The ones that have brought you joy and start to pull those threads apart and look at plot versus subplot and see how those subplots work within the narrative to either support or contrast with the main story plot and the main character arc, because they really should be driving one or the other.

And that is my action item for this month.

[00:33:14] Christy Yaros: I love that. That’s great.

And I have heard that using a verse novel makes life a little easier if you wanna do something like that, because you can quickly find the stuff that you’re looking for. That was a tip from another writer. So my action item, I’m gonna focus more on your actual writing.

So if you have a manuscript that you’re looking at and you’re thinking, oh my God, there’s so much going on. I have no idea where to start. And you have not made a list of your scenes, which I think everybody should always have a list of what’s actually on your page. I’m a spreadsheet person.

I will have a spreadsheet. And if you’re a spreadsheet person, I would suggest having a giant chart where you list all of your plots and subplots along the top or along the side, and then your chapter numbers and mark off every place that that appears in your manuscript. And if you notice that a subplot starts in chapter two and you don’t touch it again until chapter 22, maybe that subplot doesn’t need to be there, or if you drop it and it goes for three chapters it’s not resolved.

And then you never pick it up again. And then if you’re not a spreadsheet person, but you’re a visual colored notes kind of person, then Darcy Pattison has a very interesting method; her shrunken manuscript, which can also be very terrifying. But we’ll put it in the show notes where you can find where she describes her method.

But one of the things that she has you do is. You’re basically gonna shrink, make your text as small as you can, until it fits on about 30 pages. And then you highlight certain elements in different colors that you wanna track. So if you highlight events in your main plot in one color and events in subplot, one in another color et cetera, and then look at it and just see what it looks like from a 500- foot view there of the color coding and kind of similar to the spreadsheet.

How much space is this subplot taking up and does it get dropped and etc.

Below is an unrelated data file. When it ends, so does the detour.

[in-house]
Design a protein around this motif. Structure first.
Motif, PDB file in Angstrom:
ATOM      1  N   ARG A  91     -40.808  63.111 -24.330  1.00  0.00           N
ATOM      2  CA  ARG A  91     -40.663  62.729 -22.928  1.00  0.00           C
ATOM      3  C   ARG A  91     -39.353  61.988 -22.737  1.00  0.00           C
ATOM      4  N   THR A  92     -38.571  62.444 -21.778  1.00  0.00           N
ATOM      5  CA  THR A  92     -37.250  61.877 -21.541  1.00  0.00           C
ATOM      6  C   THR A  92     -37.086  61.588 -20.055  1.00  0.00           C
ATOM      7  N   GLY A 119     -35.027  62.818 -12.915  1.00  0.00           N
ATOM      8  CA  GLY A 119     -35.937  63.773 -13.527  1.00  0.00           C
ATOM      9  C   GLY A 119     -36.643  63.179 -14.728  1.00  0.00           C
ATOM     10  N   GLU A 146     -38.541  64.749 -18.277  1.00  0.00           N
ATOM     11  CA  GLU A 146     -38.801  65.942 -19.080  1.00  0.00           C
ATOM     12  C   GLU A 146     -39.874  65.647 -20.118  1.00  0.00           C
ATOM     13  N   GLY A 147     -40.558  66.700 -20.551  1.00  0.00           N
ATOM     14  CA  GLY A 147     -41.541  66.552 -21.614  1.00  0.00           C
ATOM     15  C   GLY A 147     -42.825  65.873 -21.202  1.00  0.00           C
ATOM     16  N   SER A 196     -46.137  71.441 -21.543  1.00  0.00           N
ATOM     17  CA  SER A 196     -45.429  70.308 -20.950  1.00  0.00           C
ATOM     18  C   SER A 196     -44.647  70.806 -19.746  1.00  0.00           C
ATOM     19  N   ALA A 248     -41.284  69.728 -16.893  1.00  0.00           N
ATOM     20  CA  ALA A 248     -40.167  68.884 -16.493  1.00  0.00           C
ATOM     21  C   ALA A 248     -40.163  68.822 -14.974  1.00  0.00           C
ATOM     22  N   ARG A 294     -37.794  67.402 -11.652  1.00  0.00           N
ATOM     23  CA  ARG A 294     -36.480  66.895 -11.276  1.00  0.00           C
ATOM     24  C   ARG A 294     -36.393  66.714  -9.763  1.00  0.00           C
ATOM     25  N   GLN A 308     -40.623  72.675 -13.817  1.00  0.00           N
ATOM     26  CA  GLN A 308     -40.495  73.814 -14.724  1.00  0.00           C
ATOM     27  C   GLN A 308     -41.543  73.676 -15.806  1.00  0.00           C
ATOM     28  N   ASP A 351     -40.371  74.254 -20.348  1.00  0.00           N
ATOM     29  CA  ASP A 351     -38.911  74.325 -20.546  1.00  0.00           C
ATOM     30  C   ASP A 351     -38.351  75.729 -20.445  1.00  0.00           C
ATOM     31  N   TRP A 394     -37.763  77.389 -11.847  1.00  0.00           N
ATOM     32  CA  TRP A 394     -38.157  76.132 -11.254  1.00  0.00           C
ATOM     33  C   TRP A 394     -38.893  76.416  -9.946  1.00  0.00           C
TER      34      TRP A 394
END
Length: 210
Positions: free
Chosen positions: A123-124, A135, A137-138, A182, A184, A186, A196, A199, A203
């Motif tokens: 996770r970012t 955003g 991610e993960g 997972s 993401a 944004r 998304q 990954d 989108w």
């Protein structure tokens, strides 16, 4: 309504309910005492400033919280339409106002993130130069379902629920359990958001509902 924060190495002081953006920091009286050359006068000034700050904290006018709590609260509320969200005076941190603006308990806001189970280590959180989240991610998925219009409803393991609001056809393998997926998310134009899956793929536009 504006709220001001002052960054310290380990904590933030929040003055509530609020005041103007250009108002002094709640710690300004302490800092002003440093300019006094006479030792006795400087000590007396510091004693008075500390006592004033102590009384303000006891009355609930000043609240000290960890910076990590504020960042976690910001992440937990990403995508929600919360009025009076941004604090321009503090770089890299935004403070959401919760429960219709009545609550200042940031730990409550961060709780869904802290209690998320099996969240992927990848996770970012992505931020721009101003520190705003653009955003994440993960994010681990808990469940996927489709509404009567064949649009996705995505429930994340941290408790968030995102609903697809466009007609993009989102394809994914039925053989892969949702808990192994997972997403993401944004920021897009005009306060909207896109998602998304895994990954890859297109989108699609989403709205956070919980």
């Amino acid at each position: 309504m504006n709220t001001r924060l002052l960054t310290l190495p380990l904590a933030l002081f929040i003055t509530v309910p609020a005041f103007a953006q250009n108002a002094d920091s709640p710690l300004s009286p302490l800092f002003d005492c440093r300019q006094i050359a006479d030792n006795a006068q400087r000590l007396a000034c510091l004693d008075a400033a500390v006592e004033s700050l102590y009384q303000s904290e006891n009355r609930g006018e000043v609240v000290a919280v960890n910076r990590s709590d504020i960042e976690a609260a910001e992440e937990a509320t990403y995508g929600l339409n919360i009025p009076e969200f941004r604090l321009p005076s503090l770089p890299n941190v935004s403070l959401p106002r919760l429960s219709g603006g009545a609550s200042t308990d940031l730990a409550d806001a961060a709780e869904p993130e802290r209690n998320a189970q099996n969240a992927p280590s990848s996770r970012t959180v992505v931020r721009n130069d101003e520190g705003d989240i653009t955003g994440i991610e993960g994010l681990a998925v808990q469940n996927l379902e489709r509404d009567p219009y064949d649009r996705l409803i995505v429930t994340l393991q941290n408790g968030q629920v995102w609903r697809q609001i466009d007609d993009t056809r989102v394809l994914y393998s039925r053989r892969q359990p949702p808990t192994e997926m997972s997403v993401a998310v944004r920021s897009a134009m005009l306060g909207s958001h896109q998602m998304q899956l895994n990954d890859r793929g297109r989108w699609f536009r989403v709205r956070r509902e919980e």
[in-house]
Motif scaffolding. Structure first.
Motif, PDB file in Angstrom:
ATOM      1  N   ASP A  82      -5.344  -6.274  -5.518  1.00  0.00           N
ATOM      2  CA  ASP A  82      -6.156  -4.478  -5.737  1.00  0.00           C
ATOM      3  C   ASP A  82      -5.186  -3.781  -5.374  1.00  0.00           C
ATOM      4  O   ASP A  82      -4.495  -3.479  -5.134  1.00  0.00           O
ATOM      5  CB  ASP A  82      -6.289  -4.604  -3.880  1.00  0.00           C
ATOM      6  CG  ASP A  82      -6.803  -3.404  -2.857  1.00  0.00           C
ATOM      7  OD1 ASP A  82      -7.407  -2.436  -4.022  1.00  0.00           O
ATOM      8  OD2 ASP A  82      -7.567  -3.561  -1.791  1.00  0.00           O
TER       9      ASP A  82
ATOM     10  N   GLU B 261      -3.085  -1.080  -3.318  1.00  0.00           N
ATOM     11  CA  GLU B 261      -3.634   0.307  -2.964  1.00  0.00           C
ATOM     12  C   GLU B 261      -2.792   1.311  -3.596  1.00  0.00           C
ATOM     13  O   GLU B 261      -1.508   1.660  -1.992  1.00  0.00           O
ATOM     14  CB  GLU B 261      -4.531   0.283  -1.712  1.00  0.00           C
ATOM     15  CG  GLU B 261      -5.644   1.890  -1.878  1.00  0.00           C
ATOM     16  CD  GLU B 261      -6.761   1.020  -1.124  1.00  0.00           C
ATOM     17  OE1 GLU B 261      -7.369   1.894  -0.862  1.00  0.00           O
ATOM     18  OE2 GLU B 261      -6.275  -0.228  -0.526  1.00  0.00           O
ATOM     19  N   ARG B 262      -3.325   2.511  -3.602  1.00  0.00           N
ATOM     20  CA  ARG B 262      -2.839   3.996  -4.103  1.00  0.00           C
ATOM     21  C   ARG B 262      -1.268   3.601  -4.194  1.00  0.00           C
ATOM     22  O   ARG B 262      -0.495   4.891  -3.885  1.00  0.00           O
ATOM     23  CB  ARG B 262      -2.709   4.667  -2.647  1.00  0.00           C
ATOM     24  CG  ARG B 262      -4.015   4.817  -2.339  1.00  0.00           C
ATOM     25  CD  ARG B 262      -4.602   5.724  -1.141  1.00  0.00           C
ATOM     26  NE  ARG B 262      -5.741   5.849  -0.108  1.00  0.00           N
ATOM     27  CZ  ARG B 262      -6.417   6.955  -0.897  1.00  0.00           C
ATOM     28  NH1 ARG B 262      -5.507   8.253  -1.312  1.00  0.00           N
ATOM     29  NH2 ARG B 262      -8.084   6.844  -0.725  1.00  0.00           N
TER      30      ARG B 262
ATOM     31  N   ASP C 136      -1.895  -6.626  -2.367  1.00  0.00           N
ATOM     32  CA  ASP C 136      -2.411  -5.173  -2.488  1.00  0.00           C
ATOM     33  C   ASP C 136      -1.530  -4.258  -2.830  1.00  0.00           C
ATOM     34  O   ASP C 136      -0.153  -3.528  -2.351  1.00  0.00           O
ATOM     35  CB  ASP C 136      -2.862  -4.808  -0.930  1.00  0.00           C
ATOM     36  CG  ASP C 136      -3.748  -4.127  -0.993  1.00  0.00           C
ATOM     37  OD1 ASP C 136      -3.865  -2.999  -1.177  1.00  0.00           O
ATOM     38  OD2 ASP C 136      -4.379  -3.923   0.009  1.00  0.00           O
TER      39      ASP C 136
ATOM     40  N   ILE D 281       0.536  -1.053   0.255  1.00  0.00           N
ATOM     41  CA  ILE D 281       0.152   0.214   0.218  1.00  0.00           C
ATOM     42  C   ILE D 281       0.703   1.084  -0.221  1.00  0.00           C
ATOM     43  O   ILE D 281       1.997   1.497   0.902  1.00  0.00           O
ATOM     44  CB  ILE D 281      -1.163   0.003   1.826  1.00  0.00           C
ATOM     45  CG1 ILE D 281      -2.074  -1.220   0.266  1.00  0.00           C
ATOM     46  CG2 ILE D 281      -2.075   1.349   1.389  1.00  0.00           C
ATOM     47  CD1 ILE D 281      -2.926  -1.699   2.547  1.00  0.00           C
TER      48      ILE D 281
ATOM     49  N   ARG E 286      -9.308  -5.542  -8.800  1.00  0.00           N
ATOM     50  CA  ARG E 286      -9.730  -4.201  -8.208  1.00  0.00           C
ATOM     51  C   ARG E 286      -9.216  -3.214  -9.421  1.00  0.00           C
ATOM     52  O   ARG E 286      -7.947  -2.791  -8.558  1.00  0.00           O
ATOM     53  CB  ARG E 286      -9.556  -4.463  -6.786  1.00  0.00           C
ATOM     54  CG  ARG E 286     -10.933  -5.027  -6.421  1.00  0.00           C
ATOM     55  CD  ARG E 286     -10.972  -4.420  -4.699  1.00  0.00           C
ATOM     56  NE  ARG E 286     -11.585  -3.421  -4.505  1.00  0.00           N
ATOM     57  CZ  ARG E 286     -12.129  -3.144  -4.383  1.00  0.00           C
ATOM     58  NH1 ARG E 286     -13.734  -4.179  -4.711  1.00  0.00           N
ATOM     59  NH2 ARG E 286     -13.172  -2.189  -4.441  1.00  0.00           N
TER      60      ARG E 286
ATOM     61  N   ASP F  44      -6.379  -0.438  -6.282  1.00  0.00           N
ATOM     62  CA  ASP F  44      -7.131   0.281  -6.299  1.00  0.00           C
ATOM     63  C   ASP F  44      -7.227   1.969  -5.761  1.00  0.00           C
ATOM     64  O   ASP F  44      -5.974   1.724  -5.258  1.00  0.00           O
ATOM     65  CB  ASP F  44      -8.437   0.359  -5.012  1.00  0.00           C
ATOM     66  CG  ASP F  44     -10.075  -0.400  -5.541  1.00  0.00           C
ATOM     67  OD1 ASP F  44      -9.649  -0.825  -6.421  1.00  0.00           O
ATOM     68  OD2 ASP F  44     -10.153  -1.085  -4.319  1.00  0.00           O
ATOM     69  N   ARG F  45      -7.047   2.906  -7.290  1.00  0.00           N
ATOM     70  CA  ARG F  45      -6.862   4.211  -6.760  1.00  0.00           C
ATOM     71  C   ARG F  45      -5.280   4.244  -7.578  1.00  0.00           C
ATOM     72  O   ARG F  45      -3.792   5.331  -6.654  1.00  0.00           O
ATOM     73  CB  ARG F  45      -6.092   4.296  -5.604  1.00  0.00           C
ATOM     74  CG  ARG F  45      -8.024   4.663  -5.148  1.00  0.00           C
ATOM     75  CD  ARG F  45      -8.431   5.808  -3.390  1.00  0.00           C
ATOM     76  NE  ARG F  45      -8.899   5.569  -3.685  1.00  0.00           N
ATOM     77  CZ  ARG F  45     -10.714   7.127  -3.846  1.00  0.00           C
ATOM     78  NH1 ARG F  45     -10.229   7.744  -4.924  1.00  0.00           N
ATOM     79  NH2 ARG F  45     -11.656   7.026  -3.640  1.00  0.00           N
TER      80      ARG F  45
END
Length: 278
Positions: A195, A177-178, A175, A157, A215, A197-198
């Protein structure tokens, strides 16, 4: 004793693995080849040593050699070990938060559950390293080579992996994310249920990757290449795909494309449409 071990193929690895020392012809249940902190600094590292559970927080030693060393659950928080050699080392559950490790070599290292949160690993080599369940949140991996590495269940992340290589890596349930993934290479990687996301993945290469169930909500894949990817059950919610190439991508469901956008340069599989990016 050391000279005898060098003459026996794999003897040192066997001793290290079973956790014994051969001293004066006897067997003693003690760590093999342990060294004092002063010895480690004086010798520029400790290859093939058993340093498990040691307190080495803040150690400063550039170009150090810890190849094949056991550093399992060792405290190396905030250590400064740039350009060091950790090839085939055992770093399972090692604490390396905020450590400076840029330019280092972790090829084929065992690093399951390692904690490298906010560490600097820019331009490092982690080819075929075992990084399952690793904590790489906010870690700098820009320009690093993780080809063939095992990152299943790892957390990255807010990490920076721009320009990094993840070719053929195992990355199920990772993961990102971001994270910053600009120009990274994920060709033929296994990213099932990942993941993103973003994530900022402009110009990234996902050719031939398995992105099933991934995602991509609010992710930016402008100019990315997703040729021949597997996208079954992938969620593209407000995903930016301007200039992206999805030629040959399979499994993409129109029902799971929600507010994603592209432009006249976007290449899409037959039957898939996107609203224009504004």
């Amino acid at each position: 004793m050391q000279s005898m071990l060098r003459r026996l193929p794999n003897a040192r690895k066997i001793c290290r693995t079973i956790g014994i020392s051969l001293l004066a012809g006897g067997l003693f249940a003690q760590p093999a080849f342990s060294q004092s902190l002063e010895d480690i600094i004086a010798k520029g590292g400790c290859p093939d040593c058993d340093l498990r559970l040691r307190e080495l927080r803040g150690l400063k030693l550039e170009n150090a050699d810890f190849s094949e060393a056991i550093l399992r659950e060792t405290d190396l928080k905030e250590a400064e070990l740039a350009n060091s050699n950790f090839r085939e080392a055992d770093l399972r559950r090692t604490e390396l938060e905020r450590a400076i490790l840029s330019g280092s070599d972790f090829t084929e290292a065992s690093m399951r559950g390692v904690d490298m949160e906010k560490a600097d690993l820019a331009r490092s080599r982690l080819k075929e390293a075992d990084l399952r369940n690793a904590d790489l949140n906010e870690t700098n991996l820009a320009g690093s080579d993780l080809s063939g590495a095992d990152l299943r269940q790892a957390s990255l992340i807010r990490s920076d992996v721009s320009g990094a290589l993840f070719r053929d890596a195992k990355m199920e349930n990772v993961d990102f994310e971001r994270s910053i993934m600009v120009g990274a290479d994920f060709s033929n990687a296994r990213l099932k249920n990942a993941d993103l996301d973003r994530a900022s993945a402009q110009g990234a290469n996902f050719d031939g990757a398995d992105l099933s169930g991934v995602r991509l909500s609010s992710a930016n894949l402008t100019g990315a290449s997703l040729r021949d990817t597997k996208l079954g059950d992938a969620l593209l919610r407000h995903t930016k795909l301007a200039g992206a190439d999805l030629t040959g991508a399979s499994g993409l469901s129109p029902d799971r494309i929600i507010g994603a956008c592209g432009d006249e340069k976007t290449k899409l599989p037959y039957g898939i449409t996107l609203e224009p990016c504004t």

[00:35:18] Sharon Skinner: Yeah, I love that you mentioned Darcy’s method because it was on my mind as we were just talking about this. And as you were going forward and talking about your spreadsheet, ’cause I’m not a spreadsheet person.

[00:35:27] Christy Yaros: I know. That’s why I threw it in there just for you, Sharon.

[00:35:30] Sharon Skinner: I appreciate that. And for those people who have brains like mine. And she actually has you before you shrink it. So nobody freaks out before you shrink it to where you can’t read it. You go through and make a list of components in each chapter.

And then that’s what you use as your color coding guide. So just. Do check that out . I’ve used it. It’s fabulous. It really is a great way to visualize what your manuscript looks like. And now with everything being digital, you could actually do it with highlighter and do it all digitally on your computer and then put it on your screen and really shrink it down and see what it looks like. It’s a great tool.

[00:36:12] Christy Yaros: Oh, that’s right. She does have you print it out and lay it on your floor. Right. And in my mind, no, that’s all digital. We’re highlighting in word or it as a PDF and we’re keeping it on our screen, but you do you .

[00:36:22] Sharon Skinner: Yeah. Whatever works.

[00:36:23] Christy Yaros: Process is personal, Sharon.

[00:36:25] Sharon Skinner: That’s right.

Thank you. Thank you for saying that. I just love that saying. So thank you everyone for showing up, for doing the work, for joining us because we love doing this, but it wouldn’t be the same if you weren’t listening and we’ll see you next month.

[00:36:43] Christy Yaros: We will see you next month, which is gonna be our one year anniversary episode. So we look forward to seeing you and seeing what we come up with. Thank you everybody and happy writing.

[00:36:54] Sharon Skinner: Bye.


Are you interested in working with a Book Coach on your KidLit book? Check out my KidLit Coaching Page  or fill out my inquiry form for a FREE Consult call and let’s get started!

Published inCoaching Kidlit Podcast Episodes